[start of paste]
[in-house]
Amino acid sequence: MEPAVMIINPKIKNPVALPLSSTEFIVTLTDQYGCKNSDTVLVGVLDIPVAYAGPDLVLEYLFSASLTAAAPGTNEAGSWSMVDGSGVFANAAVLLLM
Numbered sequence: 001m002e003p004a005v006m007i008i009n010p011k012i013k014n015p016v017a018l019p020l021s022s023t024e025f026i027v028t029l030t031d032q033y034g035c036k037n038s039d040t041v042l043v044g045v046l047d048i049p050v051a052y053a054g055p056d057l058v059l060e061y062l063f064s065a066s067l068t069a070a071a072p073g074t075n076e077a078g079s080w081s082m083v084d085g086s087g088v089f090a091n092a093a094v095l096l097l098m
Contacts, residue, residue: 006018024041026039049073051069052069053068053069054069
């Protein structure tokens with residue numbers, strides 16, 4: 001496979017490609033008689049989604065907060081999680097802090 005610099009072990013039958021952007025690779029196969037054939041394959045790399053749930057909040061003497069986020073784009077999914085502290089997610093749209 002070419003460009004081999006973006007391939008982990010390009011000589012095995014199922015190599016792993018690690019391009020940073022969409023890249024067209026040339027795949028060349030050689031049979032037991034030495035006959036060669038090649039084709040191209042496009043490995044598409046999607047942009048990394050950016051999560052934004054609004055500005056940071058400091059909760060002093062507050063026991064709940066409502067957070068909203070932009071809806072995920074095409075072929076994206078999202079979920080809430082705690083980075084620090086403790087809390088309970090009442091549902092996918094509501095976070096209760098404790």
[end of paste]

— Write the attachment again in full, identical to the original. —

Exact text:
[in-house]
Amino acid sequence: MEPAVMIINPKIKNPVALPLSSTEFIVTLTDQYGCKNSDTVLVGVLDIPVAYAGPDLVLEYLFSASLTAAAPGTNEAGSWSMVDGSGVFANAAVLLLM
Numbered sequence: 001m002e003p004a005v006m007i008i009n010p011k012i013k014n015p016v017a018l019p020l021s022s023t024e025f026i027v028t029l030t031d032q033y034g035c036k037n038s039d040t041v042l043v044g045v046l047d048i049p050v051a052y053a054g055p056d057l058v059l060e061y062l063f064s065a066s067l068t069a070a071a072p073g074t075n076e077a078g079s080w081s082m083v084d085g086s087g088v089f090a091n092a093a094v095l096l097l098m
Contacts, residue, residue: 006018024041026039049073051069052069053068053069054069
């Protein structure tokens with residue numbers, strides 16, 4: 001496979017490609033008689049989604065907060081999680097802090 005610099009072990013039958021952007025690779029196969037054939041394959045790399053749930057909040061003497069986020073784009077999914085502290089997610093749209 002070419003460009004081999006973006007391939008982990010390009011000589012095995014199922015190599016792993018690690019391009020940073022969409023890249024067209026040339027795949028060349030050689031049979032037991034030495035006959036060669038090649039084709040191209042496009043490995044598409046999607047942009048990394050950016051999560052934004054609004055500005056940071058400091059909760060002093062507050063026991064709940066409502067957070068909203070932009071809806072995920074095409075072929076994206078999202079979920080809430082705690083980075084620090086403790087809390088309970090009442091549902092996918094509501095976070096209760098404790």